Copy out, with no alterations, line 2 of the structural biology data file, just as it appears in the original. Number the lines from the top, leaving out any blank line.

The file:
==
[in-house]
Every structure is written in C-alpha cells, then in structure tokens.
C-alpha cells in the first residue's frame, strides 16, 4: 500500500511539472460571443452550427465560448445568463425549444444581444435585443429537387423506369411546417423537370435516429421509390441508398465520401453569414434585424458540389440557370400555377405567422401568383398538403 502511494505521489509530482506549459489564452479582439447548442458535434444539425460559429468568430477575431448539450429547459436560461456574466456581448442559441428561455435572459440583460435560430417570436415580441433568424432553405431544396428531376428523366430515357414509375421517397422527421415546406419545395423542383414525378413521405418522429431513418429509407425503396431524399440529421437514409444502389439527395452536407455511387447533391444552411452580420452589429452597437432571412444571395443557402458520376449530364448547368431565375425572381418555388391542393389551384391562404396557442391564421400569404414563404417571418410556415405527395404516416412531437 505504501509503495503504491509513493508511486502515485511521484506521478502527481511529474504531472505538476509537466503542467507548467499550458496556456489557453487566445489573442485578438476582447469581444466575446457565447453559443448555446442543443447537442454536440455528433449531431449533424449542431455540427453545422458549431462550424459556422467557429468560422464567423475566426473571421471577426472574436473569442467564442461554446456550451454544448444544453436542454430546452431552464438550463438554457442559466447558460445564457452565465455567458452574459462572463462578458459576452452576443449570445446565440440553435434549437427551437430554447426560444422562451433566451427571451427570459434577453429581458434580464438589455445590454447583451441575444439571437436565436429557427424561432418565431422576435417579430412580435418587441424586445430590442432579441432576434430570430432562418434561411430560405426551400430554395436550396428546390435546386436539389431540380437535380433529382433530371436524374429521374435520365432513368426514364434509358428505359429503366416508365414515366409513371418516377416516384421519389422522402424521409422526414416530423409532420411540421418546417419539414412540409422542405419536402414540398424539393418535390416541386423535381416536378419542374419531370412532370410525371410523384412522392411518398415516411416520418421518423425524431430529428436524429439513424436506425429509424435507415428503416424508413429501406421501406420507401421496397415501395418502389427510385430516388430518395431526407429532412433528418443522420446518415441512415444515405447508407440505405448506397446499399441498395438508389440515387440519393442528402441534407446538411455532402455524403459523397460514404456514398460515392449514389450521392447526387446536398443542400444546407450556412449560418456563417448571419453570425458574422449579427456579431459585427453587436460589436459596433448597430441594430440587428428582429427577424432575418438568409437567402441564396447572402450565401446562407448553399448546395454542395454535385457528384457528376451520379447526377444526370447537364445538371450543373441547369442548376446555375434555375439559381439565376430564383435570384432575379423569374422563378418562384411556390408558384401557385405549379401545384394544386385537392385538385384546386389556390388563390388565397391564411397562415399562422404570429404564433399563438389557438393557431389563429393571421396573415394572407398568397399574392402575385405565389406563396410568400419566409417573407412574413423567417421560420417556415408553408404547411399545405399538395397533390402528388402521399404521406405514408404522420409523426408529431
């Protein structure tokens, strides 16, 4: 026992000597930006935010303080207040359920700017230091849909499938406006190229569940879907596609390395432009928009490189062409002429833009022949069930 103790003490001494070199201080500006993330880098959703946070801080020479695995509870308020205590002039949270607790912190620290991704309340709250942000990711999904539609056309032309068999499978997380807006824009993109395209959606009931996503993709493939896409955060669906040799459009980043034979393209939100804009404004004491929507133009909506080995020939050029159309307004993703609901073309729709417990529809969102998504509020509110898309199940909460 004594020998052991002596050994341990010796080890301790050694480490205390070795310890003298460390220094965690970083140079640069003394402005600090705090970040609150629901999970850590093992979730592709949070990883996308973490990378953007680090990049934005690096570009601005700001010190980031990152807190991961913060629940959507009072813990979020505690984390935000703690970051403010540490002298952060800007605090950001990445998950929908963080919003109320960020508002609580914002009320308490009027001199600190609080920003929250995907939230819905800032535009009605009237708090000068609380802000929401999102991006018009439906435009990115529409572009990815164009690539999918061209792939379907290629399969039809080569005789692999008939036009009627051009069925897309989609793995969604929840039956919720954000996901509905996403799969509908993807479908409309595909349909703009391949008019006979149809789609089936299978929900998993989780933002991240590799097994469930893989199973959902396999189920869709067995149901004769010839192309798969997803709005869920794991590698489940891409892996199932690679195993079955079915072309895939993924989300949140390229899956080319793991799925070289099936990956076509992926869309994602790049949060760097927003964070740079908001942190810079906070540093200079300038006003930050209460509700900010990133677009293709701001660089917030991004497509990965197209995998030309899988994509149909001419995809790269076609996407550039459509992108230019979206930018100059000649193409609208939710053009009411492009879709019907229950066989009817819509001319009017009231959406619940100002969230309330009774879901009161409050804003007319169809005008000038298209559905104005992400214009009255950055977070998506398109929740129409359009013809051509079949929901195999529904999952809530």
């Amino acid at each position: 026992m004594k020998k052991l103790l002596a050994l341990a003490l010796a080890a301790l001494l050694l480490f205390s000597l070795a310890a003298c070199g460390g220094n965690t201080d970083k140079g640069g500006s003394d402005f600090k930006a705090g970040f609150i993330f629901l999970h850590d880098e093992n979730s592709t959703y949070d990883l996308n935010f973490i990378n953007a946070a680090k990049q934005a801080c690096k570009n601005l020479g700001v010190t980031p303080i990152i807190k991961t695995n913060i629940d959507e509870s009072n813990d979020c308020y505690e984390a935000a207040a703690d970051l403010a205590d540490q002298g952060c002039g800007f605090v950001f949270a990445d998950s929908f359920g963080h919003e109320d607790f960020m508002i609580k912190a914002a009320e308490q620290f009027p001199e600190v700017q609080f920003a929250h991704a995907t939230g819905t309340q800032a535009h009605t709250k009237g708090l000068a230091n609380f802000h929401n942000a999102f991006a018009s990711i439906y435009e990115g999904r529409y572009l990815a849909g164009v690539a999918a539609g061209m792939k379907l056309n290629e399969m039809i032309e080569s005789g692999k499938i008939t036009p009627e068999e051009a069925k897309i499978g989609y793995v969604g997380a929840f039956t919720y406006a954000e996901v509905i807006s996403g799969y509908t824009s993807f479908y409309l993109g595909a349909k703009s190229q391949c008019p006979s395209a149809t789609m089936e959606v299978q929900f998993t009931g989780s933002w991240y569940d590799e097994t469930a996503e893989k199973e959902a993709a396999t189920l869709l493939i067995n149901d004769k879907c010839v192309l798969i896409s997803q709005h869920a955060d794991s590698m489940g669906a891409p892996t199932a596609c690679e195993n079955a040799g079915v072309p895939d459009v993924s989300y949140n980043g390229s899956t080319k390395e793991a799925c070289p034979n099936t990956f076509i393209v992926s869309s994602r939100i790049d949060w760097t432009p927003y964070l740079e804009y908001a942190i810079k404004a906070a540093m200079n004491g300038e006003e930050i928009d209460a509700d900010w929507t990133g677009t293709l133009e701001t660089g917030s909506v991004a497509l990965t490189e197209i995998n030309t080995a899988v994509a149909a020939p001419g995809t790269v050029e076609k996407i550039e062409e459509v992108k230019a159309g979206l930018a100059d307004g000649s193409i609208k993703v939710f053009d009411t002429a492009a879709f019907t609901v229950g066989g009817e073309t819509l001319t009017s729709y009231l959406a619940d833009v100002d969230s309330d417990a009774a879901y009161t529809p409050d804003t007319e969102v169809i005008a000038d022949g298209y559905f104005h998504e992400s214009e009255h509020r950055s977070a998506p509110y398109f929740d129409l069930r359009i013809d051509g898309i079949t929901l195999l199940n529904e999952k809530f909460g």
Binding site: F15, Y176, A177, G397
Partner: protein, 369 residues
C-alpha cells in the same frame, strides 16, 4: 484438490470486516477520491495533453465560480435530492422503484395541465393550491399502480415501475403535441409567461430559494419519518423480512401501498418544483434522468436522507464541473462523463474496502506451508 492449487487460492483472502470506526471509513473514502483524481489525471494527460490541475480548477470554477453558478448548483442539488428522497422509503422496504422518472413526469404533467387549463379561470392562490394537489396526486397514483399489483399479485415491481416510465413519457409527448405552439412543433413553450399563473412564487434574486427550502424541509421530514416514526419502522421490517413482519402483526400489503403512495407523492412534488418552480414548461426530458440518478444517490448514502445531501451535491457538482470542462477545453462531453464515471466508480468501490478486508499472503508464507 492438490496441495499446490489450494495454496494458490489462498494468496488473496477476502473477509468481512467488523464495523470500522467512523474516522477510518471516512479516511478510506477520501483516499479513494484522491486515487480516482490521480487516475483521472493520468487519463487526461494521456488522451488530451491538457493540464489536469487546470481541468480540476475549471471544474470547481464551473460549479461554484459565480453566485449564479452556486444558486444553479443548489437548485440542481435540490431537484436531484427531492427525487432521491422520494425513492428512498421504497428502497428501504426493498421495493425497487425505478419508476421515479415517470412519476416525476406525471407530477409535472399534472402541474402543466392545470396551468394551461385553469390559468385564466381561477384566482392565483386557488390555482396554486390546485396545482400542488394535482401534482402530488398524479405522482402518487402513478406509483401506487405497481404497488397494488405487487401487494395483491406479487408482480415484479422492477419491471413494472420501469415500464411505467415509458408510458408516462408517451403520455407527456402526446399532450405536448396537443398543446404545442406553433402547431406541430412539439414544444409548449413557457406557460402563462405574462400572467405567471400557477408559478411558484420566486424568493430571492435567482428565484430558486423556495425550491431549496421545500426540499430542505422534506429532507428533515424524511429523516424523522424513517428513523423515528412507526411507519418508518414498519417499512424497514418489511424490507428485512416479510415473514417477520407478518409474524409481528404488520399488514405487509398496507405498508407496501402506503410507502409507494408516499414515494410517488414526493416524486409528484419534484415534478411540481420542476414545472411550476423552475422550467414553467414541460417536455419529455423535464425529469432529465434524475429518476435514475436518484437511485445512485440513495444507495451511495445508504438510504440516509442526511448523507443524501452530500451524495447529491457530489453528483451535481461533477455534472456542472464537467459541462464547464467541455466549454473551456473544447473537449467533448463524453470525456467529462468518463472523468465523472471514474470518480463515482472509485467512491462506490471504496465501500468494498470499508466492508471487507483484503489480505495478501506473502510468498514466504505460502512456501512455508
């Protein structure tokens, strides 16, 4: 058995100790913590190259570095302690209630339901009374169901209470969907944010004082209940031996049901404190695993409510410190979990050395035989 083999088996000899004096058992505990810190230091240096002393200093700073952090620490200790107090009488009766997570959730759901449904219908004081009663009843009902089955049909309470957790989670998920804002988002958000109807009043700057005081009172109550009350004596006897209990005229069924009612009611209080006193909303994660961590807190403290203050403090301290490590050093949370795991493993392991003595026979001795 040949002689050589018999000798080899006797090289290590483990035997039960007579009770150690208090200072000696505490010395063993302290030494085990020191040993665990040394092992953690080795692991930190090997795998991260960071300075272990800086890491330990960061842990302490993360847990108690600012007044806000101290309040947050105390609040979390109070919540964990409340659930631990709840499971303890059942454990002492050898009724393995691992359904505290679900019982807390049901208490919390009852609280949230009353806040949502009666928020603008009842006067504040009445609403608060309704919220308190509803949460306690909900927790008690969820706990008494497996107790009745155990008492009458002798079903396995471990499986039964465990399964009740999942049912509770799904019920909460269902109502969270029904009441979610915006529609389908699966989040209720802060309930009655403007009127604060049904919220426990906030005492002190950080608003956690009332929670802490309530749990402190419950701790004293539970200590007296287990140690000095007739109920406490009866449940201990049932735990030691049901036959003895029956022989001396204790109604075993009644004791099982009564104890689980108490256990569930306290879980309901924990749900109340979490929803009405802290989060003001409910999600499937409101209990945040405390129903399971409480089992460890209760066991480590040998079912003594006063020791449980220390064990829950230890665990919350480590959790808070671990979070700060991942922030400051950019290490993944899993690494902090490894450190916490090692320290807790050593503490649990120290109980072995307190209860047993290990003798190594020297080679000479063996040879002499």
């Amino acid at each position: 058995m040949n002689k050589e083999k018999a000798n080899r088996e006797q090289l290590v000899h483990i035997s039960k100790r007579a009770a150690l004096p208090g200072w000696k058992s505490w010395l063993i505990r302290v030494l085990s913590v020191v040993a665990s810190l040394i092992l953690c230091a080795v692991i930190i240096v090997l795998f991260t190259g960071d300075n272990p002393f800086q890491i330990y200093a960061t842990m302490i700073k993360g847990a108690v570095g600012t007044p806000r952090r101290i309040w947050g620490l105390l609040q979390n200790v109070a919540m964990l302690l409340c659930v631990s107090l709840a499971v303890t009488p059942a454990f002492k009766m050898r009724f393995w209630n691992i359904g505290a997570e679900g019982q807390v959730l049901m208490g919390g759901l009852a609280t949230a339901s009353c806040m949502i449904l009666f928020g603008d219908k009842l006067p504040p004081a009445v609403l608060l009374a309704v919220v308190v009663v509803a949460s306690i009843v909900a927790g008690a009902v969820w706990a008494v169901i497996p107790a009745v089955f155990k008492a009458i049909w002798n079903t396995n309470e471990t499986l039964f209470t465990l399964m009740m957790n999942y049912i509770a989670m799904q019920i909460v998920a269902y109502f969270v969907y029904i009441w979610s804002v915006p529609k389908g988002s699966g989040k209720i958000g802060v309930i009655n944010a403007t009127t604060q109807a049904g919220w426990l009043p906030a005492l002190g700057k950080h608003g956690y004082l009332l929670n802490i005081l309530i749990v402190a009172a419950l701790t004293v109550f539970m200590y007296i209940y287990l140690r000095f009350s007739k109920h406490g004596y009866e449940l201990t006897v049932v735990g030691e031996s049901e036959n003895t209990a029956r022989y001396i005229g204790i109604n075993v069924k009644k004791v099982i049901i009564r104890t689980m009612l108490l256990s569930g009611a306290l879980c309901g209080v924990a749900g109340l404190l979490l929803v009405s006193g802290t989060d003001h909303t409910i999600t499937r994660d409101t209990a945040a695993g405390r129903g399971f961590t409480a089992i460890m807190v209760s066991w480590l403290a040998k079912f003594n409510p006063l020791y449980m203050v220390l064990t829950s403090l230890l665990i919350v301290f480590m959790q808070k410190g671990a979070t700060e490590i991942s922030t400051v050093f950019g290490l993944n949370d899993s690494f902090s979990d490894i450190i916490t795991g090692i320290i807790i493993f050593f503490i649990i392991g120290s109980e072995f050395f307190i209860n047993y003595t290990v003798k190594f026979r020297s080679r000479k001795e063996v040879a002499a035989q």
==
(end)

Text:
Every structure is written in C-alpha cells, then in structure tokens.